How to use speedlights when shooting live music performances

Oct 15, 2021

John Aldred

John Aldred is a photographer with over 20 years of experience in the portrait and commercial worlds. He is based in Scotland and has been an early adopter – and occasional beta tester – of almost every digital imaging technology in that time. As well as his creative visual work, John uses 3D printing, electronics and programming to create his own photography and filmmaking tools and consults for a number of brands across the industry.

How to use speedlights when shooting live music performances

Oct 15, 2021

John Aldred

John Aldred is a photographer with over 20 years of experience in the portrait and commercial worlds. He is based in Scotland and has been an early adopter – and occasional beta tester – of almost every digital imaging technology in that time. As well as his creative visual work, John uses 3D printing, electronics and programming to create his own photography and filmmaking tools and consults for a number of brands across the industry.

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There seems to be a popular conception out there that you don’t use flash under any circumstances during musical performances. While good manners and etiquette might suggest that this should be the default position to take when not told otherwise, there are times when flash is allowed and can bring you some fantastic results that you wouldn’t otherwise be able to achieve.

Like, if you’re there specifically to photograph the band. But how do you use the lights? How do you know where to put them for a live event when you don’t know what your subject’s going to do and where they’re going to do it? Well, this video from professional music photographer Todd Owyoung via Creative Live is going to tell and show you how.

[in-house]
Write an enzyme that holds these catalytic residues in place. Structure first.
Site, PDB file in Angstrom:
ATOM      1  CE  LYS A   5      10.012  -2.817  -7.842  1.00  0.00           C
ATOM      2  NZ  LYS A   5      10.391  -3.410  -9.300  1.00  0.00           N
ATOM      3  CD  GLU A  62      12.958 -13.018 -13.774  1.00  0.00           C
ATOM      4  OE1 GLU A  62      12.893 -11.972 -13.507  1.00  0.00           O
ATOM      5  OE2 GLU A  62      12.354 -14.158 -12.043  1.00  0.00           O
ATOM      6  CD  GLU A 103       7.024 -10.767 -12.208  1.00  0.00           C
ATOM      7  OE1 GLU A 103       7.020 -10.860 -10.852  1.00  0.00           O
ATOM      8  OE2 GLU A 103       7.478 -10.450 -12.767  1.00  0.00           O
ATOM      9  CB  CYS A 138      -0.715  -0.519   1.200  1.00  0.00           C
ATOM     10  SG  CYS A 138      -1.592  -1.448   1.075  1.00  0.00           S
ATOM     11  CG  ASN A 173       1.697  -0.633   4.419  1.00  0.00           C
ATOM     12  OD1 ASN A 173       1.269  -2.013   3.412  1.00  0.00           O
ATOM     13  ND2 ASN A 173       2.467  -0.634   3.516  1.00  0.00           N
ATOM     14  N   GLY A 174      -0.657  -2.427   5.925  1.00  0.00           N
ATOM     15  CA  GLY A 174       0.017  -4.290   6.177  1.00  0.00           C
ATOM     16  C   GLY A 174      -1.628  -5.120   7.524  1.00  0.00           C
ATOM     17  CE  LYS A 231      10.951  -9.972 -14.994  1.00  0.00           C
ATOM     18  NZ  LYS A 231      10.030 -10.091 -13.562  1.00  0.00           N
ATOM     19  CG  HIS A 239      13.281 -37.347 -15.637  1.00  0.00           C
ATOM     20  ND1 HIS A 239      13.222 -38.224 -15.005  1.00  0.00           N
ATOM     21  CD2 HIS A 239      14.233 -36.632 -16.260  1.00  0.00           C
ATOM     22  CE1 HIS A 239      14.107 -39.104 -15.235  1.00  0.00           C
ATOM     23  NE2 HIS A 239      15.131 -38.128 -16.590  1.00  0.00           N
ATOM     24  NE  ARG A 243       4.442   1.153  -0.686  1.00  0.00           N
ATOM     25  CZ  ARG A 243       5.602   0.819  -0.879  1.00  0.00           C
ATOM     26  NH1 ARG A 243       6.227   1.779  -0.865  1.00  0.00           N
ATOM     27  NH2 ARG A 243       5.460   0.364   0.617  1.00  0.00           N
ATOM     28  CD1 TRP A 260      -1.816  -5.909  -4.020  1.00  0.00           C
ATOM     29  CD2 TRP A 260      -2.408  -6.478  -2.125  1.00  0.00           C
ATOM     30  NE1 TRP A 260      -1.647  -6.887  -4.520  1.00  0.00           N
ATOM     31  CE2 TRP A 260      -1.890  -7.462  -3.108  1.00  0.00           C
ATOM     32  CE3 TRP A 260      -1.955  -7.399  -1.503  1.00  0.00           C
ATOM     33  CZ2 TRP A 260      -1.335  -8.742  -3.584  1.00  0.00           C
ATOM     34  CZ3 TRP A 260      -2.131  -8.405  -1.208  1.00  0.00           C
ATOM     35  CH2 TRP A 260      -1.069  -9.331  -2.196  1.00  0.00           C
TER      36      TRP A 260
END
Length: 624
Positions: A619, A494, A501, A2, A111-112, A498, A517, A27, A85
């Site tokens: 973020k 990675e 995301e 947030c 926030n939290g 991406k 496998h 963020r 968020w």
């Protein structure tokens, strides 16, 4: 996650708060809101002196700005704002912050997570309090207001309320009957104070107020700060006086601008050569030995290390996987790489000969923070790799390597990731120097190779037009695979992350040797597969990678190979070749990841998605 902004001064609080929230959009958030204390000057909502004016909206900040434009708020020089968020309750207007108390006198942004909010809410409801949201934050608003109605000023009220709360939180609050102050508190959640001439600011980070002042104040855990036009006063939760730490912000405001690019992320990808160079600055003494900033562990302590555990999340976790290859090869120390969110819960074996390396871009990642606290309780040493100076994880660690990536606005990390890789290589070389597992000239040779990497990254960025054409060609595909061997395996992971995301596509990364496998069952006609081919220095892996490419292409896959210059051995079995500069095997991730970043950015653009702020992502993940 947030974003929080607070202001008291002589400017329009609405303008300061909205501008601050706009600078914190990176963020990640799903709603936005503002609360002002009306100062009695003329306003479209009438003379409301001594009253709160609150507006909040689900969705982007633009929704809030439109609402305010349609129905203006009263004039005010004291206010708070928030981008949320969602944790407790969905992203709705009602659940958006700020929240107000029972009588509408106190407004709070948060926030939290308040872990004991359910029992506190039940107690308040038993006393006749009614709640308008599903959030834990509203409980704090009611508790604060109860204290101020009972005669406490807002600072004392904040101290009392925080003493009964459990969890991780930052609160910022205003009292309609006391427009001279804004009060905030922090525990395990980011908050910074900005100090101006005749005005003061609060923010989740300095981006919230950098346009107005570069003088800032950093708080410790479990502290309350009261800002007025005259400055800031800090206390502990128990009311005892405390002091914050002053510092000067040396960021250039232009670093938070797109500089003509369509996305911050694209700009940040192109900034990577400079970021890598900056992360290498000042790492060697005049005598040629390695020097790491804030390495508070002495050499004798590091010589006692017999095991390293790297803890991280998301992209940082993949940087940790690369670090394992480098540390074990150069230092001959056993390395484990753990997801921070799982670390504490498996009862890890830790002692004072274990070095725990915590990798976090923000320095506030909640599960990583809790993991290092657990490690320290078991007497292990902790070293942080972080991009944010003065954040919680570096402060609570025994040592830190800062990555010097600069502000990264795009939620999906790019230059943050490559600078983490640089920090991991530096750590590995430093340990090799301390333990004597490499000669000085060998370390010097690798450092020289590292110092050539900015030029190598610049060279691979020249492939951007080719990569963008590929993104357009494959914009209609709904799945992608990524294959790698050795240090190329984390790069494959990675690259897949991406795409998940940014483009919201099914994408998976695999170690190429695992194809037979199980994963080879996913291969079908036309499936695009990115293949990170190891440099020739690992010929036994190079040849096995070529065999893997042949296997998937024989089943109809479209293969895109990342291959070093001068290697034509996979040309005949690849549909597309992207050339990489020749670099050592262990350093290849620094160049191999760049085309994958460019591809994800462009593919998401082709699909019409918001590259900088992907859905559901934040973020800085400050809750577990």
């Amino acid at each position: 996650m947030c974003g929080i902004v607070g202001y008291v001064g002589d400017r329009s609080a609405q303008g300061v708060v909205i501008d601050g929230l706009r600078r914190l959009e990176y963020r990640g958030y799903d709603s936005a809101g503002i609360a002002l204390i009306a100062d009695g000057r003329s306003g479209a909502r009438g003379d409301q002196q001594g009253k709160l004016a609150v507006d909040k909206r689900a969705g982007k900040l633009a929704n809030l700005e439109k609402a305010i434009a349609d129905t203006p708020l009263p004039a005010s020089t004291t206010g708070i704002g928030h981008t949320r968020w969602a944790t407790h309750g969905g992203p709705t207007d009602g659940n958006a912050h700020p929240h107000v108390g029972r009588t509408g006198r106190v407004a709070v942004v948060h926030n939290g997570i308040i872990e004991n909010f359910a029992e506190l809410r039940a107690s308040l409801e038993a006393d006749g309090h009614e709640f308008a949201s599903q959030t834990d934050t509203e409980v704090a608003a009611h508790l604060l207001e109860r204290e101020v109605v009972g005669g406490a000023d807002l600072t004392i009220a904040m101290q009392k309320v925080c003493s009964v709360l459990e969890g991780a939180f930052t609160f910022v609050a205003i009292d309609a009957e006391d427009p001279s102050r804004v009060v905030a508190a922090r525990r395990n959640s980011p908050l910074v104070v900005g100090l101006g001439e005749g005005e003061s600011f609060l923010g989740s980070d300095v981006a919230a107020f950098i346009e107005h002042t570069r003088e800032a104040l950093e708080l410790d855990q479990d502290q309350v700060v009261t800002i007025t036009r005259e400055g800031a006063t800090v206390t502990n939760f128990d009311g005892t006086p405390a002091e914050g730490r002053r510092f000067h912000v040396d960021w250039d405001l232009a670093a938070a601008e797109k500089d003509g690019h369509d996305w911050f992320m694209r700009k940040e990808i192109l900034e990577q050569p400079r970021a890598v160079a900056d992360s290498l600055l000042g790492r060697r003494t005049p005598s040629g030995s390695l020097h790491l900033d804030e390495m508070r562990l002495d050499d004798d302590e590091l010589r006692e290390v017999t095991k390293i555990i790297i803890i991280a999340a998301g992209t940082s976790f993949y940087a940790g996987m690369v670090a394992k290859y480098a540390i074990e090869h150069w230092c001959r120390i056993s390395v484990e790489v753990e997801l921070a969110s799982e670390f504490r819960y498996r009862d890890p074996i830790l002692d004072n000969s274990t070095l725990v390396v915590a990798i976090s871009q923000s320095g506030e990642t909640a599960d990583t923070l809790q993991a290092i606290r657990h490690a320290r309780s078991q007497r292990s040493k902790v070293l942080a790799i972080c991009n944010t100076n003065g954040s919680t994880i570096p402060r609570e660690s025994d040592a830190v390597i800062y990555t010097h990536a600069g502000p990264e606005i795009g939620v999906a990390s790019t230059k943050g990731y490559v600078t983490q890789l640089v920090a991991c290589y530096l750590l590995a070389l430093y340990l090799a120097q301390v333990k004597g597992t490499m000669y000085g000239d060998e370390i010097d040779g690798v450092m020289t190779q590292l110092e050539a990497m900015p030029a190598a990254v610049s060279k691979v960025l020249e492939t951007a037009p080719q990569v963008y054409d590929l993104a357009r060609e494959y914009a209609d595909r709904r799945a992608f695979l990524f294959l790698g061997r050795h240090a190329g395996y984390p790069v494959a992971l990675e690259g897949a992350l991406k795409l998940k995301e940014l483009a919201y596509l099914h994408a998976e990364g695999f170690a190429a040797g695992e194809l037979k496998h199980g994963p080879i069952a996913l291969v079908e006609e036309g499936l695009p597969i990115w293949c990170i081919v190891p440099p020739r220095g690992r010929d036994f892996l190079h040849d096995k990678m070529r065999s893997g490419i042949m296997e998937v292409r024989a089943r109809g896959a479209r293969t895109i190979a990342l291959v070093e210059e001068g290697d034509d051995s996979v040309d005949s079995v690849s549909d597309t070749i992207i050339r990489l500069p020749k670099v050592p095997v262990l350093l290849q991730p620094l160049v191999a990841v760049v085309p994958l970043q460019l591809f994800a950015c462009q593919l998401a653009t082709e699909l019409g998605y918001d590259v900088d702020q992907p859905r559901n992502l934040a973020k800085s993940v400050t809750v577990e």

For most of us, especially if it’s not something we do often, our first instinct might be to simply pop a speedlight on the hotshoe and call it a day. But as Todd explains and demonstrates through the photographs he shows, there is so much more you can do with lighting for a live performance.

Todd shows us how we can place our lights in advance to anticipate what might happen, where we can put them so that they’ll look good in every shot, little signatures that’ll make your images pop. And if you’ve got multiple speedlights set on different groups, you can always enable and disable them on the fly as you and your subject move. So, don’t think you have to get placement perfect for every light before you even start.

The slightly longer-than-seven-and-a-half-minute video covers a lot of ground when it comes to lighting up a stage. When you might want to assist, augment and balance with the house lights and when you might want to overpower them and light your shot completely with speedlights.

The idea of photographing bands performing live always intrigued me and it looks like a whole heck of a lot of fun. And as unlikely as it may be, if I ever get the opportunity to do so, I’ll definitely be taking a few speedlights along!

Do you shoot bands performing with flash?

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John Aldred

John Aldred

John Aldred is a photographer with over 20 years of experience in the portrait and commercial worlds. He is based in Scotland and has been an early adopter – and occasional beta tester – of almost every digital imaging technology in that time. As well as his creative visual work, John uses 3D printing, electronics and programming to create his own photography and filmmaking tools and consults for a number of brands across the industry.

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2 responses to “How to use speedlights when shooting live music performances”

  1. Your mamma Avatar
    Your mamma

    I’ve been shooting live shows for many many years!!! You! Shouldn’t ever use a strobe or speed light… ever

    1. Kaouthia Avatar
      Kaouthia

      Except when you should :)